Continuing the marine theme for today, I was pleased to see an article in a recent edition of Seafood NZ magazine about a clever invention to prevent seabirds like albatross getting hooked on tuna long-lines. It’s called a Smart Hook. Birds (and turtles) see a baited hook being launched off the back of a boat as an easy meal and Metiria has noted: “In New Zealand waters, up to 10,000 albatross and petrels drown on tuna long lines each year.”
So what is a Smart Hook?
Fisher-turned-inventor Hans Jussiet explains the shield and dissolvable pin that covers baited-hooks as they are launched in this video from an ABC TVshow. Once the shielded hook sinks below the depth of seabirds and turtles, the pin dissolves and the shield is released. Clever.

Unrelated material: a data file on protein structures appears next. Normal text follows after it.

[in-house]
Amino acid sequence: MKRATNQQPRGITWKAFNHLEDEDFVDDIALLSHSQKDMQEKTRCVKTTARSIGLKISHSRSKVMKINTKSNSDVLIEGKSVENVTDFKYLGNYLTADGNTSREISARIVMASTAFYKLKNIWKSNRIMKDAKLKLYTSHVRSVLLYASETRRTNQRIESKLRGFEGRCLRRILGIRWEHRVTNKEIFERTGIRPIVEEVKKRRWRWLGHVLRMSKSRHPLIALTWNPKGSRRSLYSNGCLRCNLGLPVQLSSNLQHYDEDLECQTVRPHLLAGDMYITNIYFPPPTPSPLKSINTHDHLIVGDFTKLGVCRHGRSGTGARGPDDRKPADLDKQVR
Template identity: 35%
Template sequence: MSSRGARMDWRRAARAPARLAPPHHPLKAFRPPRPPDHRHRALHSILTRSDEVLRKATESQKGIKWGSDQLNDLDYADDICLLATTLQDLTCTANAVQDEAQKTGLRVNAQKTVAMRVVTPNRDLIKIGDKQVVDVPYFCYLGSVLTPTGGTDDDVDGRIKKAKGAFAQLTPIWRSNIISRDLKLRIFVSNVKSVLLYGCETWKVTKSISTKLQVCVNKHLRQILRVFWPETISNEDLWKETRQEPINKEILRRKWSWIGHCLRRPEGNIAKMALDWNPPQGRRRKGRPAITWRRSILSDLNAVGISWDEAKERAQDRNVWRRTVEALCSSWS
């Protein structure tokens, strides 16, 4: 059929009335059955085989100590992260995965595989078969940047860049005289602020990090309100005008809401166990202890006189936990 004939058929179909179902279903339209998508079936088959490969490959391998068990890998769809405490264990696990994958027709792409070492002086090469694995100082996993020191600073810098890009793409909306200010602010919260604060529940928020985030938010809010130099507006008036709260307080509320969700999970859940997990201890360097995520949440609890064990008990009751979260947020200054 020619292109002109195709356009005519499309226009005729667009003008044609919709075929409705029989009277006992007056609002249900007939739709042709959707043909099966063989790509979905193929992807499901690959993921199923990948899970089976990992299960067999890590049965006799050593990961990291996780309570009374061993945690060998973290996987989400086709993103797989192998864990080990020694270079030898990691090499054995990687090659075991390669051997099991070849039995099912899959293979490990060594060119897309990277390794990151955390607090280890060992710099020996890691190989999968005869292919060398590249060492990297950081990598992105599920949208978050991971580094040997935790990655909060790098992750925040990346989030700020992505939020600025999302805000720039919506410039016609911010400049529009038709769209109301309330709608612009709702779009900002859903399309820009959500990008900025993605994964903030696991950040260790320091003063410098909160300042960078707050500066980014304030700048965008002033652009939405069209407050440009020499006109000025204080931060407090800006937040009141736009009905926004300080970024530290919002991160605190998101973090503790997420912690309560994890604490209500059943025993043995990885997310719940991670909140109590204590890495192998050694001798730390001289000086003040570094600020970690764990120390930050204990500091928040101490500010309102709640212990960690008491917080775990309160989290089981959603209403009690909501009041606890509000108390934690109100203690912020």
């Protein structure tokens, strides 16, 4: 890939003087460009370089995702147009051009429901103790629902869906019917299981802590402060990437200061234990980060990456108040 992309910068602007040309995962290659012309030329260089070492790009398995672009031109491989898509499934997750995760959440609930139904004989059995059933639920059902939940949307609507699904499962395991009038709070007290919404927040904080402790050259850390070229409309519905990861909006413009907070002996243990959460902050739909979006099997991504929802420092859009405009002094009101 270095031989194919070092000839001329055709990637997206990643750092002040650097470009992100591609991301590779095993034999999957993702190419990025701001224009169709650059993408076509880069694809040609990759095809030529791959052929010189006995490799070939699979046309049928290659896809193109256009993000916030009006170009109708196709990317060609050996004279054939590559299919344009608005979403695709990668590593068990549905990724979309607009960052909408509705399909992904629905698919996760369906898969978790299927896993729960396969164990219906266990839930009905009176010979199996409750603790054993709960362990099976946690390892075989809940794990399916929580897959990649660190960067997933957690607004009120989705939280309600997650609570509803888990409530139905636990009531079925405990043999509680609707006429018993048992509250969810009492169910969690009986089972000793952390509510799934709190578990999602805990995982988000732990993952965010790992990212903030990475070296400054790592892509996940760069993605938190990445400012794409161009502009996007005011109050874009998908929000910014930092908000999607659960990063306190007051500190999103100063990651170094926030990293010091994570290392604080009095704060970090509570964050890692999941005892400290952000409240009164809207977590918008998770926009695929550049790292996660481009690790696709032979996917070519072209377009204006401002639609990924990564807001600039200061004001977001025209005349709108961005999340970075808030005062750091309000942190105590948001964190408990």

The shield falls to the seafloor and its untreated metal rusts within a year. I’d be keen to see a bit more environmental impact analysis of raining metal pieces onto the seafloor, but hopefully it’s OK. Are there any marine scientists reading frog?
Innovation and regulation – like hook and shield
I’m impressed by the dedication to reducing the toll that fishing methods like long-lining take on marine animals like albatross, and clever “prevention” approach (rather than just “mitigation”). Innovation complements regulation. Application of clever ideas like this is good for the environment and the economy – ensuring we have a long-term sustainable fishery and markets for our fish.
What say you, dear readers?